A few days ago, The Guardian Higher Education Network asked for tips on finishing a PhD thesis. I lobbed out this sound byte:
More is not always better. A PhD thesis is not a race to the highest page count; don’t waste time padding.
It struck a chord amongst those listening and appeared in their compilation of 15 top tips.
I thought I’d elaborate a little on what I meant. Here are a few of my dos and don’ts for crafting a svelte and meaty thesis.
Don’t repeat the literature just because it looks impressive.
Nobody likes a smart alec. I know you spent ages learning all sorts of difficult theory to understand that derivation of Smith’s Laws; you want the kudos. Who wouldn’t? But your examiners know it too, and probably much better than you do. Impress them with what you’ve done with it, not with what you’ve read about it.
Do repeat the literature if it helps you make a point.
On the other hand, if the derivation of Smith’s Laws contains a piece of logic you need later, don’t cut it out just because it isn’t new. Reminding your readers of how the old logic works will help them understand how you’re using it.
Don’t spell out the same argument twice.
Copy-and-paste should be banned in all academic writing. If you use a very similar argument more than once, don’t repeat it in full—just state the differences. It will be easier to understand and will improve logical flow.
Do assume your readers are intelligent.
Along the same lines as the last point, your readers don’t need to have every last crossed-I and dotted-T handed to them on a platter. An examiner will quickly bore of hunting for the real logic amongst the undergrowth of banality, and the good bits will end up seeming worse.
Don’t cut things out because they’re “unsexy”.
You are trying to impress people with your dedication and research skill, not by how many of your chapters have trendy ideas in them. If you have a section of work that’s important to your later results, but, for whatever reason, doesn’t get the adrenaline pumping by itself, then don’t just cut it out of spite.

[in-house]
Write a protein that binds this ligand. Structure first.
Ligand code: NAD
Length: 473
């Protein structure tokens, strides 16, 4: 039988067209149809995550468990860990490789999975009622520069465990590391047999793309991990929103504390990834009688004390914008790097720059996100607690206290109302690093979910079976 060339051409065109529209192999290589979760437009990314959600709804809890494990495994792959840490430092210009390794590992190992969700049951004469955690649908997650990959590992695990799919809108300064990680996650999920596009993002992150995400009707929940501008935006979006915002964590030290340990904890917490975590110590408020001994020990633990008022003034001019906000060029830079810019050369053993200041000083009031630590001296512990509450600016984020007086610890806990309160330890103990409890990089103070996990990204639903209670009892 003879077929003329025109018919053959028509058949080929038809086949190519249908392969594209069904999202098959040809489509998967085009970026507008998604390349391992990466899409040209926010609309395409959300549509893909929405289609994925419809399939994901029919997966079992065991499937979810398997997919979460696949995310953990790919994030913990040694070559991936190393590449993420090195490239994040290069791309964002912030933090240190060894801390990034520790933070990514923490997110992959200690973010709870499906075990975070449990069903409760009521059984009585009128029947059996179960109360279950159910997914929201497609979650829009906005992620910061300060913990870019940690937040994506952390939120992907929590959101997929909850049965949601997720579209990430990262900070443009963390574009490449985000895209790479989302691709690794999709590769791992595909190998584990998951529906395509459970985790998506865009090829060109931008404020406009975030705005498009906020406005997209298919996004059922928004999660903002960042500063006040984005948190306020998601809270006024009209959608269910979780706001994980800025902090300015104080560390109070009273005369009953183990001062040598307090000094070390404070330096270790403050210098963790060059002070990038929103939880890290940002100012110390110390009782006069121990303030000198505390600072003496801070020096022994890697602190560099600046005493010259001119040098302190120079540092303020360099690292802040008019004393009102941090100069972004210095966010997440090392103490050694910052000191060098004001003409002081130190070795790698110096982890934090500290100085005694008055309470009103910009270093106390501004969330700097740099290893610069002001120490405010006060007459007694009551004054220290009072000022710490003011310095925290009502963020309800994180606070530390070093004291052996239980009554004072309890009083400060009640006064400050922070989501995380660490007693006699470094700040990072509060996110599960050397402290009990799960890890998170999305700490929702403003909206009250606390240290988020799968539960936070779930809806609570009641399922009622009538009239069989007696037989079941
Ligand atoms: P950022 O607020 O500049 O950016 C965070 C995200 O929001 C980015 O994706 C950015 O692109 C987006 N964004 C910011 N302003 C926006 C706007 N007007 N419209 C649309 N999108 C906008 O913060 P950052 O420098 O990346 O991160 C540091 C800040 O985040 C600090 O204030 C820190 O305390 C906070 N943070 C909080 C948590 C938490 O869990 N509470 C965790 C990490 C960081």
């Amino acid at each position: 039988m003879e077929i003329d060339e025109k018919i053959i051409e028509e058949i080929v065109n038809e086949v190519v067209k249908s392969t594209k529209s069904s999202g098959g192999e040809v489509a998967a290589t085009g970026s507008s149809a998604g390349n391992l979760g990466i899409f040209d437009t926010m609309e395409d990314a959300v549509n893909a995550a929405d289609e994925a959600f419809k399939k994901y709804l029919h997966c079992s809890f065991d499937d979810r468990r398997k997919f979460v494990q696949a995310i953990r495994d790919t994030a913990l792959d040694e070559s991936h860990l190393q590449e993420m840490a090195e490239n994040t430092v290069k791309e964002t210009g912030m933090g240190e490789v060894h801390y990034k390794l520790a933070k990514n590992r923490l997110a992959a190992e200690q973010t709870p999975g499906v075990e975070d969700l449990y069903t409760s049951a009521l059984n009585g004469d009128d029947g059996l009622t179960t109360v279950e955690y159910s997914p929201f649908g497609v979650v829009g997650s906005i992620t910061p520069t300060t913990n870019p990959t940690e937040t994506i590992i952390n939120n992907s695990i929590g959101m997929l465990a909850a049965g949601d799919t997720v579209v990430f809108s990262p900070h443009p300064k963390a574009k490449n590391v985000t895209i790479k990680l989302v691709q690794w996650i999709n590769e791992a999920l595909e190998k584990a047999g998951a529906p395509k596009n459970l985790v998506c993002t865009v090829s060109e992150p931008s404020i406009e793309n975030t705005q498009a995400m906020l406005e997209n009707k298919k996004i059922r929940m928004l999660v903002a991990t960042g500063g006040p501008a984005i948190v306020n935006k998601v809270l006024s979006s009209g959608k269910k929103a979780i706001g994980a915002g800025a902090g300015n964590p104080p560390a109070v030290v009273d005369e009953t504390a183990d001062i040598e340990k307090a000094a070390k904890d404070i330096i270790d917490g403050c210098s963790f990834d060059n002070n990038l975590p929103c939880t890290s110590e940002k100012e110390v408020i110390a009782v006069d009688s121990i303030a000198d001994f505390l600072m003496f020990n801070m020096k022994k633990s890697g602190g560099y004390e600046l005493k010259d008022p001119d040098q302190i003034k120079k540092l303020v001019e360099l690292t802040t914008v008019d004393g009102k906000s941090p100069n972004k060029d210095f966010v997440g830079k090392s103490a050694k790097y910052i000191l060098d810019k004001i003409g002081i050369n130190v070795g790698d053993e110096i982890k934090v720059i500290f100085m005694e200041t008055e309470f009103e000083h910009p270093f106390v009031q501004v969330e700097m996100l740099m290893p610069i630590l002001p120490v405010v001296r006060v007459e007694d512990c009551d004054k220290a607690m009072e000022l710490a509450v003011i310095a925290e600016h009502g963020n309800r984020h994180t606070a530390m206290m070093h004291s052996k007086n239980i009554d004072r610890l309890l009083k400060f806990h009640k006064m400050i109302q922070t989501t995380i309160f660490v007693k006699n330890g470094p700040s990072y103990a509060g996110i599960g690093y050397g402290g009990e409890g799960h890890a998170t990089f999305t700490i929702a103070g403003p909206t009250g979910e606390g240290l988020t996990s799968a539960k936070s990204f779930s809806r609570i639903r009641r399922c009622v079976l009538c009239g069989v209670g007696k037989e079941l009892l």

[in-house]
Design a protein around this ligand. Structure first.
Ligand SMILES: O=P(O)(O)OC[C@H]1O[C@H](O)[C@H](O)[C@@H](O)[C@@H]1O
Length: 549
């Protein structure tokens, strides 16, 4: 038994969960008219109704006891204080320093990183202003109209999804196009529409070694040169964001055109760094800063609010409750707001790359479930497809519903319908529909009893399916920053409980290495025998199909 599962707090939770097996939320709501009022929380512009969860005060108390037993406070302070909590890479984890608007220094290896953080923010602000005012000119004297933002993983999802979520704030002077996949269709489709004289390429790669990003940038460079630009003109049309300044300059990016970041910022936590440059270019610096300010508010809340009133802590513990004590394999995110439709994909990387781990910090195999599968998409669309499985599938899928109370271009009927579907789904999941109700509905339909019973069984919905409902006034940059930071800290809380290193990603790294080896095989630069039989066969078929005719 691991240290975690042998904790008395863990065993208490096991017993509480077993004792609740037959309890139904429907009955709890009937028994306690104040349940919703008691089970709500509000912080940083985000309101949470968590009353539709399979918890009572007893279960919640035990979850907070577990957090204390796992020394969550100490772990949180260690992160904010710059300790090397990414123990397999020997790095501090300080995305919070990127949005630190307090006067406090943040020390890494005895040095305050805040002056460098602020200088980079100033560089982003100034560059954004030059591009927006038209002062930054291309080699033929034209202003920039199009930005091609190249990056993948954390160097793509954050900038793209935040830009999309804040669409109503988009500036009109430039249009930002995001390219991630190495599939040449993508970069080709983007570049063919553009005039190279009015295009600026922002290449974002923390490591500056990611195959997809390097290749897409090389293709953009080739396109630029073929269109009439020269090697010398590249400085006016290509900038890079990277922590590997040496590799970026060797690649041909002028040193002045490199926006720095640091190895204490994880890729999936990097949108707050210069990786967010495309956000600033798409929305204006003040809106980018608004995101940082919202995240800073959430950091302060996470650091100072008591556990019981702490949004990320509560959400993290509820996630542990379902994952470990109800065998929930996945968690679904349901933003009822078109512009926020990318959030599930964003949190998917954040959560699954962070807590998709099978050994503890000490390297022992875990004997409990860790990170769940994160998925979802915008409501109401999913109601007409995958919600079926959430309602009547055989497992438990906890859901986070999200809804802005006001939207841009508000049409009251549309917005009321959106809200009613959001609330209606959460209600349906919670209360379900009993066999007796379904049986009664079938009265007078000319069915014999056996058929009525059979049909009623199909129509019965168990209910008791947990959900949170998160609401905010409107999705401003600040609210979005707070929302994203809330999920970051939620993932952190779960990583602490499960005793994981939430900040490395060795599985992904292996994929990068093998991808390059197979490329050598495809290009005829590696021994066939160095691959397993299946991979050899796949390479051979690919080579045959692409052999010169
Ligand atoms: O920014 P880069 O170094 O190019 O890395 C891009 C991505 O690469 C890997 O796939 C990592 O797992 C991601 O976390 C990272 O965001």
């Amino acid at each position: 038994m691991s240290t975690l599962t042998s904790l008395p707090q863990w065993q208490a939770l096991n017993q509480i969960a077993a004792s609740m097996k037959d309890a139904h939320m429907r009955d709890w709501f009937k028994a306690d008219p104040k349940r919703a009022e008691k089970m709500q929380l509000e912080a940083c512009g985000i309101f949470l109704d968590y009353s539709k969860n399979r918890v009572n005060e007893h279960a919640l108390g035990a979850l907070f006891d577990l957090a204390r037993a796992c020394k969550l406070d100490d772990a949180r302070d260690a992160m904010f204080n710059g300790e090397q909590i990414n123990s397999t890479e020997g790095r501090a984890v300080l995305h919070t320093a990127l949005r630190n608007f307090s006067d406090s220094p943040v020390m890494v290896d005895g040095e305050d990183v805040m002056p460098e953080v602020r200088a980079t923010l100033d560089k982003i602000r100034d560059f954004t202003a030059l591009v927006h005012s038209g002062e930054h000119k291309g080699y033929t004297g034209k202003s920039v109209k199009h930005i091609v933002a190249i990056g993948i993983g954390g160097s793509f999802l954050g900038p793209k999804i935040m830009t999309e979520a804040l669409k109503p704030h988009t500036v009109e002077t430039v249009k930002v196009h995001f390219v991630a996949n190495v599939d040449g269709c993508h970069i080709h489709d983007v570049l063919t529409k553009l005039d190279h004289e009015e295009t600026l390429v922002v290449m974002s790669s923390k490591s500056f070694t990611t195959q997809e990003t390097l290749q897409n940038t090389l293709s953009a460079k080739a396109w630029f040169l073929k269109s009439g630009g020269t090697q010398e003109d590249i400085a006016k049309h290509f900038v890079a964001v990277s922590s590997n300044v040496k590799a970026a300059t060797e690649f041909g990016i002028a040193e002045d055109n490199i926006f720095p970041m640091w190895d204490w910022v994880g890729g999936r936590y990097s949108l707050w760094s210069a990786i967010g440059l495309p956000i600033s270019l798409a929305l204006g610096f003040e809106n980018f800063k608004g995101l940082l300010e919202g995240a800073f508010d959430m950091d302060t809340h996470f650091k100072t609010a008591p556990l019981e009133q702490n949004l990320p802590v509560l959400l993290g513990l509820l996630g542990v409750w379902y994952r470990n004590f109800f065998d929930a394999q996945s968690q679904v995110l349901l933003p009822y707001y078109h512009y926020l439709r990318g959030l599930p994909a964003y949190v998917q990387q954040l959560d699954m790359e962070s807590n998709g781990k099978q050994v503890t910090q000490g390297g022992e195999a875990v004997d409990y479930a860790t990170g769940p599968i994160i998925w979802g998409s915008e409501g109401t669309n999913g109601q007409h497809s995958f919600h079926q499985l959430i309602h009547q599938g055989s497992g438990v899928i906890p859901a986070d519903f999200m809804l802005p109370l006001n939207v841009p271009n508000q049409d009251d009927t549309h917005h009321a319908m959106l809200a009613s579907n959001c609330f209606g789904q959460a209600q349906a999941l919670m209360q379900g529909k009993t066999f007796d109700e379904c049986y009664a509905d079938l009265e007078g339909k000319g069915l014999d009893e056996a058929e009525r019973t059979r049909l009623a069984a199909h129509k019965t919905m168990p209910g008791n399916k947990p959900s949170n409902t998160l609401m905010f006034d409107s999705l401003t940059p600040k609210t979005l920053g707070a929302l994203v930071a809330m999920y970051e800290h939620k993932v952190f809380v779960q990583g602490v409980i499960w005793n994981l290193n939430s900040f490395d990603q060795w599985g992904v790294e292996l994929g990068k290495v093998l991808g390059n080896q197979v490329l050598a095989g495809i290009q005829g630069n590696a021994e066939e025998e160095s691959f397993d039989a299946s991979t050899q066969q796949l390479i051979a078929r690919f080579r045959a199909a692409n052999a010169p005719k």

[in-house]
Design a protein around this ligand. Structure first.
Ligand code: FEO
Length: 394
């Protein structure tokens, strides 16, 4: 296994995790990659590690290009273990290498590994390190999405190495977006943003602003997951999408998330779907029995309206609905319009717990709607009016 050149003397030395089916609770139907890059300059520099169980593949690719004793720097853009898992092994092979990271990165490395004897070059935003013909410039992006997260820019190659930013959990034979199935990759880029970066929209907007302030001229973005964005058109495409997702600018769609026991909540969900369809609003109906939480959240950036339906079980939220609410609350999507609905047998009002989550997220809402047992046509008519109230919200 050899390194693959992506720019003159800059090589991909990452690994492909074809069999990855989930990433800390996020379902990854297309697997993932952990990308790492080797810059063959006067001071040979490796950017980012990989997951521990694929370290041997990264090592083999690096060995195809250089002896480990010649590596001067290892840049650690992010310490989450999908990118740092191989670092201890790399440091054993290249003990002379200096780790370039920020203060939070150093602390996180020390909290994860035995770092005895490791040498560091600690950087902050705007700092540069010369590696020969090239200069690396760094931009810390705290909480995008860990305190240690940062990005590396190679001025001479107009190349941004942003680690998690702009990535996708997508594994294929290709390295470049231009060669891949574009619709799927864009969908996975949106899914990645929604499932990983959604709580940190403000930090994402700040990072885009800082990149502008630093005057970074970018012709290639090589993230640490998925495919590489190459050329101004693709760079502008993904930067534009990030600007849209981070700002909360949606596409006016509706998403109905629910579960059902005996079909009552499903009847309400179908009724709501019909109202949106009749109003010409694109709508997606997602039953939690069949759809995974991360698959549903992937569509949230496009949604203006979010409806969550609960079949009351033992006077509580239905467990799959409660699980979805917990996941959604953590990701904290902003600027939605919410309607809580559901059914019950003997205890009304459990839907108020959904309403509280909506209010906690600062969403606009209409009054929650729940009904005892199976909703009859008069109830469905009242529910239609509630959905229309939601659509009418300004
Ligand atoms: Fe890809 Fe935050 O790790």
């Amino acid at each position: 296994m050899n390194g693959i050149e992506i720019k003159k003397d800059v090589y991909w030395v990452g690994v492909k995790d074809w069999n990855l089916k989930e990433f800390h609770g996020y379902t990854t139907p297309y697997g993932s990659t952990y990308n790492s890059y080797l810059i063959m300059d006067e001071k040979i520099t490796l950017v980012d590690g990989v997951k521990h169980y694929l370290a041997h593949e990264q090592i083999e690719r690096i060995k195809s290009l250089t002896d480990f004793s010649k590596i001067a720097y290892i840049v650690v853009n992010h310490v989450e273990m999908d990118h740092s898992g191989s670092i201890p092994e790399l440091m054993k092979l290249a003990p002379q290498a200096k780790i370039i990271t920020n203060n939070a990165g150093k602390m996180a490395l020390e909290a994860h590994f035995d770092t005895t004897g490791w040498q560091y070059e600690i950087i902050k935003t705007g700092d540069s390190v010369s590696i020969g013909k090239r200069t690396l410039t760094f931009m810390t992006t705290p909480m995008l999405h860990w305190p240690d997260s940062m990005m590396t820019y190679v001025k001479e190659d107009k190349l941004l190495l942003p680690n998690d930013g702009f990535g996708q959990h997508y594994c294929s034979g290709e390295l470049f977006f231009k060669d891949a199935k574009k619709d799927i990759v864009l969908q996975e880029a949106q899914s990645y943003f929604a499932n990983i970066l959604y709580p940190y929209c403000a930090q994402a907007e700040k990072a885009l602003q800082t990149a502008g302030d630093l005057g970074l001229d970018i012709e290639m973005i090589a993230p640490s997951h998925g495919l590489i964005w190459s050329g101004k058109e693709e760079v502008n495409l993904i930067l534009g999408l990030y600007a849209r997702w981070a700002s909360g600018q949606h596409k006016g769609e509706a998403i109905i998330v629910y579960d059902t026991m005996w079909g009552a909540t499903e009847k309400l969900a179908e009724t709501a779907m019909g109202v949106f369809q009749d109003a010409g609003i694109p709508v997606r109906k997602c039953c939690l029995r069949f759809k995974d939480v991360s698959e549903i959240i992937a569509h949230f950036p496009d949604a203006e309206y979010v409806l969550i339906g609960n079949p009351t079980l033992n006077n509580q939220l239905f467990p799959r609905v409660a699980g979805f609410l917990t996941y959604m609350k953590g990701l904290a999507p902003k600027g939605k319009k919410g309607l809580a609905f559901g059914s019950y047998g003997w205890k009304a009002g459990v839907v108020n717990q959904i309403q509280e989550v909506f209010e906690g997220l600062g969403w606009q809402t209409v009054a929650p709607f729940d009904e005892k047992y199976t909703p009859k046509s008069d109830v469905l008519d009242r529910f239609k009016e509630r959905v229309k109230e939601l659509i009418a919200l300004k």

Do make use of appendices.
If all that really matters in that “unsexy” section is its end result, consider annexing it. Putting important-but-dry material in an appendix lowers the intellectual mass of the main text and keeps your best work front and centre.
Don’t assault the reader with a thousand figures.
You’ve got all this data, and it depends on all these variables, and some of it makes straight lines some of the time. Plot, plot, plot—show every angle and let the reader decide what’s important, right? Wrong. Two choice graphs backing up your results will carry far more weight than when they’re jostling with eight more.
Do replace a thousand words with one figure.
Your figures—graphs, diagrams, photos—are not fluffy afterthoughts. In fact, they will probably be the first things a reader will scan through. Replacing a paragraph of text with one carefully constructed diagram will do wonders for both immediate and long-term clarity.
Don’t skimp on the introductions and conclusions.
Introductory and concluding material is not the place to economise. You are giving your work context and value. Knowing how everything fits together will help both you and your readers to understand just what it is you’ve done.
Do keep to the point.
Giving your work context and value is not a license to describe every paper since 1921. Make sure every paragraph is adding value beyond lengthening your reference list and page count. There’s no need to describe the state of every subfield from A to Z; more citations do not equate to a better-rounded thesis.
Have pride in what’s inside your thesis, not in how much it weighs. It’s the culmination of an awful lot of blood, sweat and tears, and it deserves the royal treatment (as do you!). Good luck!